In the second experiment (year 1) on land farmed by Angel Gonzales, sunn hemp (Crotalaria juncea cv. IAC-1) was established at 2 different planting dates to determine the effects of plant maturity on their response to termination with a roller crimper. Lablab and cowpea (Vigna unguiculata, cv. Iron clay, CP) were established to compare roller-crimper termination effectiveness for spring planted (dry season) and summer terminated cover crops. In addition, several termination methods were tested to compare termination with a roller-crimper to the conventional termination methods of rotary mowing and disc harrowing. The first cover crops planted were SH and CP which were seeded on February 13, 2012 and the second cover crops planted were SH and LL which were seeded on April 26, 2012. The first SH planting represents the mature stand (SH-M) and the second SH planting represents the younger stand (SH-Y).  All cover crops were sampled for biomass yield and weed density prior to cover crop termination which occurred on July 17, 2012. At this termination date, SH-M and CP were terminated 150 days after germination and SH-Y and LL were terminated 76 days after germination. At 4 and 6 weeks post termination, all cover crop plots were assessed for cover crop regrowth and weed development.

In the second experiment during year 2, SH and LL was planted in monoculture in 1 acre fields each. Cover crop establishment, biomass yield, weed biomass yield, and cover crop plant tissue nutrient analysis was determined prior to termination. Both SH and LL were terminated 120 days after planting and each field was then subdivided into four treatment subplots with three replications each. Cover crop termination management treatments consisted of; 1) full incorporation with a disc harrow (three passes), 2) minimum incorporation with a disc harrow (1 pass), 3) mowing with a rotary brush mower (1 pass), and roll down with a roller-crimper (1 pass). Cover crop regrowth and weed biomass was determined at 6, 9, and 12 weeks post-termination. Weed species were separated by weed class and designated either a grass or broadleaf, no sedges were encountered in this trial. Litter bags containing either SH or LL crop residue were placed in their respective fields on day 1 after termination in treatments 1 (buried 2 in. below the soil surface) and 4 (left on the soil surface) to measure decomposition rate and nutrient release over time. Litter bags were collected at 4, 6, and 9 weeks after CC termination and analysed for plant fry matter disappearance and plant chemical properties.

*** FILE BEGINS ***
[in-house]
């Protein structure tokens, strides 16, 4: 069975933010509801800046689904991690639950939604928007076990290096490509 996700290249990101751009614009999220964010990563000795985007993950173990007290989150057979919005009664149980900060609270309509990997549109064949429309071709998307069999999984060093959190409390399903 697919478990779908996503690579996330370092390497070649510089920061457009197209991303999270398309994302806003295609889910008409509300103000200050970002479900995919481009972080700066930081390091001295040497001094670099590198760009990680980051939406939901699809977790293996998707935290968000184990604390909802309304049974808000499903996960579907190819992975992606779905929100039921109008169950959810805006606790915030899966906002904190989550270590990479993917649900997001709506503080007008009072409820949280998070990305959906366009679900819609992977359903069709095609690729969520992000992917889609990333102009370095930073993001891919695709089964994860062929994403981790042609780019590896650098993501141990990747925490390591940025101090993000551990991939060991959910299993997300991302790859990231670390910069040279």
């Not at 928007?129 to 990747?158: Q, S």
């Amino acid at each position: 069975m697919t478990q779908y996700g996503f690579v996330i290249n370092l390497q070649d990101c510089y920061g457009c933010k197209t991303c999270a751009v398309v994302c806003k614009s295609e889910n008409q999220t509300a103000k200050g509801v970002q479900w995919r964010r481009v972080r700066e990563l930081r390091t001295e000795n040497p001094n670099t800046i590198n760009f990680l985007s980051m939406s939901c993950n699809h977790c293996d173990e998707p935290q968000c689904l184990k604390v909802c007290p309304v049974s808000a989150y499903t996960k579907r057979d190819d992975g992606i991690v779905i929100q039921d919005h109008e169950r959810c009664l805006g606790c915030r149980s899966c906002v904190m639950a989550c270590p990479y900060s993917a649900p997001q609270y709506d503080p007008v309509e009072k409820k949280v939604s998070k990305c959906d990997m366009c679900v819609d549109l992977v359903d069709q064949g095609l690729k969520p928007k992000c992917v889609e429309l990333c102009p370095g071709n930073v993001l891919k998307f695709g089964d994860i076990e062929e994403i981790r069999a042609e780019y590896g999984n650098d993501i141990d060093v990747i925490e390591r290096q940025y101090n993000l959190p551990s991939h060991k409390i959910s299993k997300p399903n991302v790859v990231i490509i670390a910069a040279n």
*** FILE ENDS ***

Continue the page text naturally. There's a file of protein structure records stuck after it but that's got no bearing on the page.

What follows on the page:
Experiment 3: Trial of sunn hemp as a cover crop planted in April  

The third experimental trial was an on-farm cover crop trial that was conducted at Sun Croix Foods, LLC. SH was planted to serve as a cover crop for soil conservation, soil improvement, and weed control. Sunn hemp was planted on April 11, 2013 with a Great Plains No-Till Drill at a rate of 45 lbs. per acre into lightly disked soil. The SH cover crop fully established and provided the farmer with a cover crop from April, 2013 until October, 2013. Sun hemp biomass and weed biomass was collected prior to cover crop termination on October 4, 2013. The SH cover crop was terminated with the roller-crimper to produce a thick layer of surface sheet mulch which continued to protect the soil for 12 weeks through the rainy 2013 rainy season. During this time SH regrowth and weed development was measured at 3 and 6 weeks after termination.

Research results and discussion:

Experiment 1: Sunn Hemp produced the highest level of CC biomass at 8,091 dry matter (DM) kg/ha which was greater than either the SS or LL at 5,182 or 4,382 DM kg/ha, respectively, in year 1 (p<0.0001). Year 2 resulted in lower CC biomass than in year 1 for both SH and SS at 3,589 and 4,424 DM kg/ha, respectively, (p<0.0001), with no difference in biomass between SH and SS within year 2.  Lablab failed to establish in year 2 from extensive army worm herbivory. Cover crop vegetative biomass yields in year 1 resulted in the contribution of 177 kg/ha nitrogen (N) from SH which was more than SS at 112 kg/ha N or LL at 89 kg/ha N (p<0.05). Due to similar CC biomass yields and plant tissue N content in year 2, there was no difference in N contribution to the farm system between SS and SH. In both years, weed biomass at CC termination was greatest for LL and similarly low for both SH and SS (p<0.05). Sunn hemp responded favourably to termination with a roller-crimper and SH had the lowest level of regrowth.  This was supported by the high amount of both SS and LL re-growth harvested in year 1 and again in year 2 for SS (p<0.0002). However, SH regrowth was greater in year 2 compared to year 1 which could be attributed to differences in SH maturity and lower plant stem lignification. Both SH and SS were effective in suppressing graminaceous, broad leaf, and sedge weed classes following termination where LL was not. Sunn hemp performed well as a tropical cover crop producing high biomass levels and inhibiting weed development. Sorghum sudangrass performed well as a cover crop with excellent weed suppression, but was not effectively terminated with a roller crimper exhibiting a high regrowth potential. In comparison, SH did respond favourably to termination with a roller-crimper by exhibiting a high kill rate that produced surface mulch that inhibited weed development.